Expert warns inflation could persist for decades as US spends 'like a drunken sailor'
Billionaire Ken Griffin said stiff inflation could persist “for decades” as wars in Ukraine and Israel further push the world towards “deglobalization” — and warned of dire consequences as the US government continues its spending binge.
The founder of the giant Citadel hedge fund — who’s worth a reported $35.5 billion, per Bloomberg estimates — said the federal government clearly didn’t brace for inflation during the pandemic, when it “went on the spending spree that created a $33 trillion deficit.”
Last month, the US government posted a $1.695 trillion budget deficit in fiscal 2023, a 23% jump from the prior year as revenues fell and outlays for Social Security, Medicare and record-high interest costs on the federal debt rose.
The US’s fiscal binge must be reined in, Griffin added, as the country is spending on the government level like a drunken sailor.
The Treasury Department said the deficit was the largest since a COVID-fueled $2.78 trillion gap in 2021, though President Joe Biden is still asking Congress for $100 billion in new foreign aid and security spending — including $60 billion for Ukraine and $14 billion for Israel — along with funding for US border security and the Indo-Pacific region.
The figures are unsustainable, according to Griffin, and mark a major return to ballooning deficits after back-to-back declines during President Bidens first two years in office.
Surging inflation, meanwhile, will increase the cost of funding the US deficit, he warned.
The peace dividend is clearly at the end of the road, Griffin said at the Bloomberg New Economy Forum in Singapore on Thursday, nodding to international conflicts in Eastern Europe and the Middle East.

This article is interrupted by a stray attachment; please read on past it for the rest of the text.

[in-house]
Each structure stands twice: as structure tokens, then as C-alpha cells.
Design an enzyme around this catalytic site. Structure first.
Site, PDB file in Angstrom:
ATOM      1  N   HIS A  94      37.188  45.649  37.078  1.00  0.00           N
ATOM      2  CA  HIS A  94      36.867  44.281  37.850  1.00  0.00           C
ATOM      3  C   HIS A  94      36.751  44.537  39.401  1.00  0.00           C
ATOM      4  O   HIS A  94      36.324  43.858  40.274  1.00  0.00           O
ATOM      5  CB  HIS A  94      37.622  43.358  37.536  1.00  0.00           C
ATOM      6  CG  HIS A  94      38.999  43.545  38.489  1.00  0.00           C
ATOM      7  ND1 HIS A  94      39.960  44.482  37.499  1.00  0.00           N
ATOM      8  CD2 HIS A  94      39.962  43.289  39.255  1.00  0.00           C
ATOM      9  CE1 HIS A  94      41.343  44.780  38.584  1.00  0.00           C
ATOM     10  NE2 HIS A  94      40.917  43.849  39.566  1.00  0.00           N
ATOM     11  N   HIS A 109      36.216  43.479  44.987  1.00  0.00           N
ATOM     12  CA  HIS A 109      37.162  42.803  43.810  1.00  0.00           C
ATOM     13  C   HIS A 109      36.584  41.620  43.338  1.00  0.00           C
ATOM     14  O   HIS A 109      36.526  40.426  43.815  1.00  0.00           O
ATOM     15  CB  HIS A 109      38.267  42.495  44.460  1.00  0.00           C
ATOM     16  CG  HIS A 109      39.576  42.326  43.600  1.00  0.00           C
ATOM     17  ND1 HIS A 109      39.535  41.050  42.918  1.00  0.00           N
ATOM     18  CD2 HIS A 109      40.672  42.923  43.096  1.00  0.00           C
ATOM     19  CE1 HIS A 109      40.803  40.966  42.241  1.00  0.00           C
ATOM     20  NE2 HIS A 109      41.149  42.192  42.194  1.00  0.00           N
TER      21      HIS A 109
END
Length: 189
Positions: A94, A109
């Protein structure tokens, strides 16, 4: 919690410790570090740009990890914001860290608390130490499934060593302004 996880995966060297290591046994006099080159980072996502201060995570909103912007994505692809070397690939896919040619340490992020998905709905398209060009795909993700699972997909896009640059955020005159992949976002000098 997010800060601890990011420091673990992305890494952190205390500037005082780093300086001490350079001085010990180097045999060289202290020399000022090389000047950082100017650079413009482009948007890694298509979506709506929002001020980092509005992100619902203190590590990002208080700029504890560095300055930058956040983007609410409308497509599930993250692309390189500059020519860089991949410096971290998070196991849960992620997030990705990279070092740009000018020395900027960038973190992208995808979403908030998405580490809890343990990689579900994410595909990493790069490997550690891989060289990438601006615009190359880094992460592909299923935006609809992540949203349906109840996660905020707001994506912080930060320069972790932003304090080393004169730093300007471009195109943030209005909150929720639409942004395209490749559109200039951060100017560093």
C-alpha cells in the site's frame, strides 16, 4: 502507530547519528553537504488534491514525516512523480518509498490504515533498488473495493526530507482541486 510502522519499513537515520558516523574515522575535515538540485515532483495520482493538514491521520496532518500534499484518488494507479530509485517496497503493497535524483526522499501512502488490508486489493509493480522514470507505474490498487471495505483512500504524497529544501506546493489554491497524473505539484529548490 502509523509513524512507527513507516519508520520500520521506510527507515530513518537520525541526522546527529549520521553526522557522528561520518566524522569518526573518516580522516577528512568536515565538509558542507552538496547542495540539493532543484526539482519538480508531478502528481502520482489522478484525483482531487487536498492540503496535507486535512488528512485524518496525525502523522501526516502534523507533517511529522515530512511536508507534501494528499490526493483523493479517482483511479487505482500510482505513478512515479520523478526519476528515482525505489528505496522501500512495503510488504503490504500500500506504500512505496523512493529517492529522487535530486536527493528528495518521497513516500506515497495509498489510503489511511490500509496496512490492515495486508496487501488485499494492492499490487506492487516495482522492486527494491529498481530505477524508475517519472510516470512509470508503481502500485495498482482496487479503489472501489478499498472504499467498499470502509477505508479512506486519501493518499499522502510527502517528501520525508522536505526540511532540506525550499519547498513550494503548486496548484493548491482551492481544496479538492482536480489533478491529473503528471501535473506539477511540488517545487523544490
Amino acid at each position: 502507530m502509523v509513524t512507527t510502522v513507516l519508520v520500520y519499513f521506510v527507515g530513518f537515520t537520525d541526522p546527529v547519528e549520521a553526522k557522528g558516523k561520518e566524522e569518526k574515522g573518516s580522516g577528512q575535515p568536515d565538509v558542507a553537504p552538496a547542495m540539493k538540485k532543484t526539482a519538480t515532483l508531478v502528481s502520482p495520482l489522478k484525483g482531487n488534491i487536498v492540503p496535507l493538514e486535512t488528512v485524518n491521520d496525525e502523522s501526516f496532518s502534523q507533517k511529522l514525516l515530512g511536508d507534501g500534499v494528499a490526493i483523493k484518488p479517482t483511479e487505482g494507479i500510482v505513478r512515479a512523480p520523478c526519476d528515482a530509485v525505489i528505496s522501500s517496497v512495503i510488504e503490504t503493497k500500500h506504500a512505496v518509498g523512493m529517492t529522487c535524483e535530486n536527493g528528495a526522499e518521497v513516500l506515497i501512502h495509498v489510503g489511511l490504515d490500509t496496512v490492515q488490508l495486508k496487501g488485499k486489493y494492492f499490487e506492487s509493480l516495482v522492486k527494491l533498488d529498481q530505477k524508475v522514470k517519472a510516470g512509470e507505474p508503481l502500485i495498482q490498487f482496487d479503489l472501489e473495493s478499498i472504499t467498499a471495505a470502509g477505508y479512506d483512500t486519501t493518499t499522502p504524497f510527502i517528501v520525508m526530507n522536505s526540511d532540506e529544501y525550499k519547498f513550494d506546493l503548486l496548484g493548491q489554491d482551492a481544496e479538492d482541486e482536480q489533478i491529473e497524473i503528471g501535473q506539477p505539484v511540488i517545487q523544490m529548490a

“We are likely to see higher real rates and were likely to see higher nominal rates,” he added, according to Bloomberg.
The fiscal 2023 deficit would have been $321 billion larger, but was reduced by this amount because the Supreme Court struck down Bidens student loan forgiveness program as unconstitutional.
The ruling forced the Treasury to reverse a pre-emptive charge against fiscal 2022 budget results that increased that years deficit.
The fiscal year 2022 deficit was $1.375 trillion.
The 55-year-old hedge fund titan also pointed to pandemic-induced supply-chain disruptions and European countries losing access to Russian natural gas as reason that “a trend towards higher baseline inflation…could be for decades,” per the outlet.
Theres many trends at play right now that are pushing us toward deglobalization, he added.
Inflation has squeezed Americans since before its 9.1% peak in June 2022, which spurred the Federal Reserve’s aggressive tightening regime that has lowered the figure sharply but has yet to reach the central bank’s 2% target.
In September, the Consumer Price Index — the most widely used measure of inflation that tracks the overall change in goods and services — rose 3.7% year over year, driven primarily by the gasoline index’s advance.
The gasoline index ticked 2.1% higher last month, the federal agency said, a stark slowdown from August’s 10.6% increase, when AAA figures showed that the average price for a gallon of gas was $3.85.
As of Thursday, a gallon of gas in the US averages $3.40, according to AAA.
While many investors had been willing to look past the volatile energy numbers, a surprisingly resilient labor market has some worried that inflation could be more stubborn.
However, Griffin warned that US consumers realize deep down that something is not quite right, despite the country’s payroll gains, according to Bloomberg.
October’s CPI data will be released on Nov. 14.
Should inflation rise again, all attention will no doubt be on whether the Fed implements one more interest rate hike by the end of the year, pushing it beyond its current 22-year high, between 5.25% and 5.5%.